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I need some help choosing a software license because I have some weird requirements.

Requirements:

  • Full source code be released to the client.
  • Allowed to be used in closed source applications.
  • Derived works of the source must be under the same license, however application that use the source do not, ie they cannot sell modifications to the source code.
  • Modifications of the source do not need to be released to the public.

I looked here: http://www.codeproject.com/info/Licenses.aspx and the Apache License 2.0 looks similar to what I want.

The Apache License, Version 2.0

Slightly more restrictive (but still very open) version of the BSD or MIT license that adds patent clauses. Read carefully.

Provides copyright protection: True
Can be used in commercial applications: True
Bug fixes / extensions must be released to the public domain: False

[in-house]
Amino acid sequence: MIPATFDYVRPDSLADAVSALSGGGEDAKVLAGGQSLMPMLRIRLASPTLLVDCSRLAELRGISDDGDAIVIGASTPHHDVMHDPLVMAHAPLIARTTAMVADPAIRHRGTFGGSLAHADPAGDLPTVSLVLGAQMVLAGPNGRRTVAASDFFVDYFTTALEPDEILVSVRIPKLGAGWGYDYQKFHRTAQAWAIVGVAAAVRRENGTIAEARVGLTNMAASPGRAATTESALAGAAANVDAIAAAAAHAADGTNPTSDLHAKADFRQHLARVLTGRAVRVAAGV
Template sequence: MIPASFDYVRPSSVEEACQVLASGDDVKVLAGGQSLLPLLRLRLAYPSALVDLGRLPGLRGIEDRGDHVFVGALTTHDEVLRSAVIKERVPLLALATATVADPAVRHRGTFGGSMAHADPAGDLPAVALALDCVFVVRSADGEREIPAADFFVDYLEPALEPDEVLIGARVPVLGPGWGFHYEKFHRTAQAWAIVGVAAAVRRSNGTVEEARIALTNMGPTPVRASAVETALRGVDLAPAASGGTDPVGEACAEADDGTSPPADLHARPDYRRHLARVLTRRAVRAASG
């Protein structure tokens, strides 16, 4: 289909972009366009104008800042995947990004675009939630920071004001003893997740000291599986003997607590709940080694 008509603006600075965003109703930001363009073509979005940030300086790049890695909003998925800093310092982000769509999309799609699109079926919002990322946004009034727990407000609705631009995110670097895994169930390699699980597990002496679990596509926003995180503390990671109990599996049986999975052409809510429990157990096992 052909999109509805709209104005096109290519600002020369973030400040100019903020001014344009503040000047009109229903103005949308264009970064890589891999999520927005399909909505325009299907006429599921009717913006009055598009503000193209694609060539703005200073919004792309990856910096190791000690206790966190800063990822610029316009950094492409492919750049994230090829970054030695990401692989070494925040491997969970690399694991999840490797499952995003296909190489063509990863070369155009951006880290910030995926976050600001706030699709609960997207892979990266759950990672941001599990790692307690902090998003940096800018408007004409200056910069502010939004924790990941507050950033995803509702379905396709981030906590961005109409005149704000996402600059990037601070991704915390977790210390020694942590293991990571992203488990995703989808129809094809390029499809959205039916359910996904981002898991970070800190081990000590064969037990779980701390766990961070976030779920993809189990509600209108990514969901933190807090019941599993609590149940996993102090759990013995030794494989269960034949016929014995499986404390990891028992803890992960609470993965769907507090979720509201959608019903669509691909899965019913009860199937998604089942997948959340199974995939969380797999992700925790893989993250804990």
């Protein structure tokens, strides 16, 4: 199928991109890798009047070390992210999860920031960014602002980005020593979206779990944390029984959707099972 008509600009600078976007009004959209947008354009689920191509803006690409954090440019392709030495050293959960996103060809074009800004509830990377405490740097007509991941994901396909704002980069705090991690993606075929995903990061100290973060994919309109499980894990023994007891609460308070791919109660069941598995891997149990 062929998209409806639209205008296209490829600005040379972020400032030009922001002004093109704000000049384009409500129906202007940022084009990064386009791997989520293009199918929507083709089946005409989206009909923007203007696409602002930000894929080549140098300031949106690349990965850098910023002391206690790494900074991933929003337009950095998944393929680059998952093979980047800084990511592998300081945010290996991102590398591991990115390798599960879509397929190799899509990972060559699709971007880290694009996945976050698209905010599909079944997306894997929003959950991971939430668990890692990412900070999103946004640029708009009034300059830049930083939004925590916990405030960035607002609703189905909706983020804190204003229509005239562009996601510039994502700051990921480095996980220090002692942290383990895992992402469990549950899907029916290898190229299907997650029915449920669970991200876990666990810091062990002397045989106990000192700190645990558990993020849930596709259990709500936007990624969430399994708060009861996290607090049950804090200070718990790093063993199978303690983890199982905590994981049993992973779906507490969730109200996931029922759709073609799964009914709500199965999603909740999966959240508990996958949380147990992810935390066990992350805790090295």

Provides an explicit patent license: True
Can be used in proprietary (closed source) applications: True
Is a viral licence: False

however, I want the license to be viral, but only for library code, not the application that uses the code.

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2 Answers 2

LGPL is a reduced version of the GLP, and it allows to be used in closed-source applications. If a work is derived from an LGPL licensed software, if you link dynamically to its libraries, you don't have to release your source code at all.

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Sounds vaguely like the license Qt had before they went LGPL. You should understand why the Qt license was problematic, and why it was a popular decision to move to LGPL. I'm sure there are other commercial semi-open licenses you could look at. The OSI have an excellent overview at http://www.opensource.org/licenses/index.html

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